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Seminar 2: Presentation Summary (500 1 000 words) Presentation: Tax Challenges facing Developing Countries (Bird, 2008) Presentation

n Date: Wednesday 3 August 2011

Group 1

Presentation Group 1 Members: Emily Adendorff (g08a0208) and Willard Bhasa (g08b6222) Summary: Generally all developing countries face the same tax challenge of how to meet public spending needs by raising revenue in a way that is not only economically sustainable but also conducive to the political survival of those making policy decisions. The common approaches in addressing the challenges developing countries face in creating economically sustainable tax systems are: broadening tax base, lowering tax rates and improving tax administration. The paper by Bird (2008) discusses these three identified areas of improvement that so-called developing economies need to address in order to improve their governments fiscal stance. These improvement requirements include: firstly, the need for developing economies to expand their tax bases, so as to improve the formalisation of growth and to reduce the tax burden that can arise from redundant and narrow- tax policies; secondly, that developing countries need to develop and implement mechanism that successfully reduce current tax rates once tax legislation has authorised a lower rate; and thirdly, that developing countries direct resources to improving tax administration so as to yield maximum revenue and improve the tax efficiency- from their respective tax systems. Traditionally, most developing economies have a significant informal economy and are agriculturally based, both operating largely outside the formal tax system. Imposing higher tax on agriculture is rather difficult unless the country shifts away from agriculture based economy. No country has effectively managed to tax agricultural and informal sectors effectively; as a result the tax base that tax authorities can reach is relatively small in developing countries. Governments have offered tax incentives in trying to encourage investments and therefore economic growth, but there are many costs involved and in most cases these are difficult to measure. The benefits from these policies are similarly difficult to measure, making accountability problematic. There is simply insufficient administrative capacity for the tax administration to function properly and for the tax incentive system to be used effectively. Excessive use of tax incentives complicates administration, facilitates evasion and encourages corruption.

In situations where tax bases are not expanding and administration is weak, raising taxes is likely to result in inequity and inefficiency. On the other hand, lowering taxes has the possible effect of lack of public services, particularly for unpopular services, such as prisons and welfare activities. Moreover, governments ability to accomplish projects such as infrastructure development is diminished if tax rates are lowered. A common problem in many developing countries is inequality. Reforms that replace highly regressive and inelastic excises by a less regressive and more elastic VAT may reduce inequality. However, VAT is regressive in nature that is, its burden falls disproportionately on the poor since the poor are likely to spend more of their income than the relatively rich person. In conclusion, what any country does to reform either tax policy or tax administration depends less on the economics of taxation than on the politics of taxation. Outside experts and aid agencies can best assist developing countries meet the tax challenge they face by helping them create the human and institutional capacity they need in order to do so on their own. The presentation game plan: Presentation: Seminar 2 Lecture: Taxation on Wealth and on Goods and Services; Wealth Taxes; VAT Presentation Focus: Tax Challenges Facing Developing Countries Bird (2008) Chapters 12 and 13: Taxation on Wealth and Goods and Services Black et al. (2008) Tax Policy in Emerging Countries (Bird and Zolt, 2008) Capital Gains Tax in South Africa (Grote and Fletcher, 2000) + Black et al. (2008) An Analysis of South Africas VAT (Go et al. 2005) Framework for Wealth Transfer Taxes (Muller, 2010) Property Taxes in South Africa (Bell and Bowan, 2005) + Black et al. (2008) A) Wealth and Goods Tax Issues B) Tax Policy Issues (A) Wealth and Goods Tax:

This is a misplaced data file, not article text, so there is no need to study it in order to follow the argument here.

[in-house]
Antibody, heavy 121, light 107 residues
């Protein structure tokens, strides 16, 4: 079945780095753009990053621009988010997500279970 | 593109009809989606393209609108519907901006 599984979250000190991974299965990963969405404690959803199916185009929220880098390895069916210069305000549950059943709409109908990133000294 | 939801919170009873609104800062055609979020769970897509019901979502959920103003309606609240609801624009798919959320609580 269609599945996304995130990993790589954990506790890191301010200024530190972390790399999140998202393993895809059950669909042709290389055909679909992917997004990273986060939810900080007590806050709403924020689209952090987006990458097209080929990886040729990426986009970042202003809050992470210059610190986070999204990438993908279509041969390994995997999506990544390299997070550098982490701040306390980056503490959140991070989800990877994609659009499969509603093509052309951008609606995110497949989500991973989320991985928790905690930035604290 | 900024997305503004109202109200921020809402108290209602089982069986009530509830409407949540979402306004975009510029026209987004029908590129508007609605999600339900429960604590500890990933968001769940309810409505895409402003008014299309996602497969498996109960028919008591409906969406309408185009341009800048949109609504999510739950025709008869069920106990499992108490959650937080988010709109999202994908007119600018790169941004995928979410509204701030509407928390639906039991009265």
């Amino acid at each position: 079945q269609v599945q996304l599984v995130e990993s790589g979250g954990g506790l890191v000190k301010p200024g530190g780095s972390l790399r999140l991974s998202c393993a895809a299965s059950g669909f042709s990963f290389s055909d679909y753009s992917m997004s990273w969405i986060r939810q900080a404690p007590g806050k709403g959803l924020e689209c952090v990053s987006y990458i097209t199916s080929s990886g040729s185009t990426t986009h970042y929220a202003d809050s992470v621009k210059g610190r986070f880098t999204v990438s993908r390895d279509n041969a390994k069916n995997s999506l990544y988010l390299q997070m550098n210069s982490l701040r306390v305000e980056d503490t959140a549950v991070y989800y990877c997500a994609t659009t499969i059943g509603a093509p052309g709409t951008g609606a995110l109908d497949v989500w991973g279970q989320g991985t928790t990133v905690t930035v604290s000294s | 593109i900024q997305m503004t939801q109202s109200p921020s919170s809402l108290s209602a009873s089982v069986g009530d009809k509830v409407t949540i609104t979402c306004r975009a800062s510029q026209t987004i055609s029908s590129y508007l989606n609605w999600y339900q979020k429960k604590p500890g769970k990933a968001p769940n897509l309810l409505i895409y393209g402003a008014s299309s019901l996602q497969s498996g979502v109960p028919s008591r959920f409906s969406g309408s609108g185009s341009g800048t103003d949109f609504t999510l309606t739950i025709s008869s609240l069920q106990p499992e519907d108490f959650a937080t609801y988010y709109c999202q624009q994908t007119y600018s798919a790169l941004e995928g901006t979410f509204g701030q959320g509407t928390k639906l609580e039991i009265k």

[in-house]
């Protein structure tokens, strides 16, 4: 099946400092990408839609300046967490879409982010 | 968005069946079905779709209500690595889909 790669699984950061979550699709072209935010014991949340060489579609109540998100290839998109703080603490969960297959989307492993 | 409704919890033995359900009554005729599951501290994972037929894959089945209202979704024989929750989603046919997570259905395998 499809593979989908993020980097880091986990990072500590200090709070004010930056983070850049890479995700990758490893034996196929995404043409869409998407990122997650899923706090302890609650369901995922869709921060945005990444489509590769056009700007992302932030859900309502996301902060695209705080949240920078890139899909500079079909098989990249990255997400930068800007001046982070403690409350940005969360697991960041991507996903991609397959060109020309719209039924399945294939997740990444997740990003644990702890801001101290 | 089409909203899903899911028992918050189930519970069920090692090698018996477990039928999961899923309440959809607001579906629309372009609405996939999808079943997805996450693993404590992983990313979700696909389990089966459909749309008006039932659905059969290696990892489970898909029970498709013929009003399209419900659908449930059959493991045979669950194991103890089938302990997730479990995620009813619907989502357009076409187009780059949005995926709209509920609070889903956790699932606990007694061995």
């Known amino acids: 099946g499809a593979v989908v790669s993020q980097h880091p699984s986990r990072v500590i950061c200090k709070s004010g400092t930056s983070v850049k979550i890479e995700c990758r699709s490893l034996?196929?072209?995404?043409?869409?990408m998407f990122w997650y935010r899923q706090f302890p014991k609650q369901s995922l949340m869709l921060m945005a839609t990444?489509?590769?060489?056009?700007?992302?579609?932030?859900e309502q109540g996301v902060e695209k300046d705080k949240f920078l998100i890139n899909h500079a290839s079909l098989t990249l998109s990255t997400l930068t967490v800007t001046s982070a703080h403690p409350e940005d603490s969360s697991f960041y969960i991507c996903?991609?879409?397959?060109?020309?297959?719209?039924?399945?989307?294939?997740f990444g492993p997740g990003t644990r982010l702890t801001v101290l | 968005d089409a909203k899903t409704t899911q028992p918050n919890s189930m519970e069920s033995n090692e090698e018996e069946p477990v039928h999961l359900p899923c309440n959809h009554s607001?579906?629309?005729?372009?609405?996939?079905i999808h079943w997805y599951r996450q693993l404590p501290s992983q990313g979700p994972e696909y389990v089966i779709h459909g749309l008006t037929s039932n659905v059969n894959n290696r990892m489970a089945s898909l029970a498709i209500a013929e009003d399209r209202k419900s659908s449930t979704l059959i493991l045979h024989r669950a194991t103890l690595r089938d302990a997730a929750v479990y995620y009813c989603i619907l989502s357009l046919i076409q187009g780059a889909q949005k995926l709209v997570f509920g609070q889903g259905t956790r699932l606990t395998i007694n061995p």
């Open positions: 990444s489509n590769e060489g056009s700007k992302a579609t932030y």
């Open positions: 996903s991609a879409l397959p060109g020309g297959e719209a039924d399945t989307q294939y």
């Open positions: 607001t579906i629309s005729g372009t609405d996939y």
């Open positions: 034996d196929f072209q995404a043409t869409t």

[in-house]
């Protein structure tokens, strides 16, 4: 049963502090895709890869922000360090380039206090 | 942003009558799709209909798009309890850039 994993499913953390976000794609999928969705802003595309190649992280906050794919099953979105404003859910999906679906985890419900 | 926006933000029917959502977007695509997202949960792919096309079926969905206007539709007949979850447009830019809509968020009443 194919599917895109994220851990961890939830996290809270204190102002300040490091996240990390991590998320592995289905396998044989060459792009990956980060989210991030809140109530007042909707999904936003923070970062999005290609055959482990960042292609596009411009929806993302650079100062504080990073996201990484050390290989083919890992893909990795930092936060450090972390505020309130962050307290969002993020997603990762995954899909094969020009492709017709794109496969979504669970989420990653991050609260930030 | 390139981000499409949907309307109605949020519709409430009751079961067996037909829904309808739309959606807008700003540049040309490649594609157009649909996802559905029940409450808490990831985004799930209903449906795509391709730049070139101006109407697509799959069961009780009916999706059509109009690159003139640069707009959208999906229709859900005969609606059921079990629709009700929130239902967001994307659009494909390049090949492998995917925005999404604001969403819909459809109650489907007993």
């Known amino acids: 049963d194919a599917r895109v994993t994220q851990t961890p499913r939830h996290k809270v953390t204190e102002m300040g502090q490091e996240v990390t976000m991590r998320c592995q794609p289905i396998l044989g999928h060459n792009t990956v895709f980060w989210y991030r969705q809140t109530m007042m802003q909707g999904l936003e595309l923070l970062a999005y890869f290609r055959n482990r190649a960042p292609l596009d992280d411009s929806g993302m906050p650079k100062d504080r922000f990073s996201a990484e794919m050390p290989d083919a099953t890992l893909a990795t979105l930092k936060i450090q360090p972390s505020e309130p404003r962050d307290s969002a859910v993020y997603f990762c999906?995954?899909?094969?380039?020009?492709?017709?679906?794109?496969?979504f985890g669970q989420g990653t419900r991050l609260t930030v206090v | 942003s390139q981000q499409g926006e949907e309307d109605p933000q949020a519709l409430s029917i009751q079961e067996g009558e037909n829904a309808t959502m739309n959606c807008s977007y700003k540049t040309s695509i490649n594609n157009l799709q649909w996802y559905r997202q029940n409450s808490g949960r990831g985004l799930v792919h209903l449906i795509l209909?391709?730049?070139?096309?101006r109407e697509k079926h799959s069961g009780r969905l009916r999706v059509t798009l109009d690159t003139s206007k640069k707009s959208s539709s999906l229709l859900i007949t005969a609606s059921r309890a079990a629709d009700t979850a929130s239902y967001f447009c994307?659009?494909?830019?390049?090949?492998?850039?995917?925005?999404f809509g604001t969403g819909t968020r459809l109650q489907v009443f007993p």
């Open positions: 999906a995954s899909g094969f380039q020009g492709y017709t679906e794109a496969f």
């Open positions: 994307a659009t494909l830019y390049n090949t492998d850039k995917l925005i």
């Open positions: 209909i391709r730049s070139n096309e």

Key Issues:

1) Equity and Efficiency concerns with respect to taxation on wealth: Capital Gains/ Capital Transfer Taxes, Income/ Annual Wealth Tax (incl. salary, rental income, savings interest, coupon interest on bonds and dividends on shares), Property/ Property Tax 2) Merit of indirect taxes: taxes imposed on commodities or market transactions (VAT) 3) Economic Effects of VAT and Personal Consumption Tax (i.e. on consumption) (B) Tax Policy: 1) How Tax Systems differ amongst Developed and Developing countries 2) The Rationale for the recent Tax Changes in South Africa 3) Views on Tax Reform within a (current) Political Economy 4) Discuss the Major Issues facing Tax Authorities The presentation will follow the following structure: 1) Discussion of the Bird (2008) Paper 2) Relate the Bird and Zolt (2008) Paper and add additional comments 3) Use Wealth taxes and VAT as a case study of tax policy commenting on certain key issues for either as listed above as key issues for (A) and (B) using additional reading material cited in the course hand-out 4) Quick Commentary on Taxation and Growth and the economic implications of a tax system for an economy- which is an especially important consideration for a developing county 5) Conclusion about the key points highlighted with respect to Tax Policy in general

The presentation will be accompanied by a visual slide presentation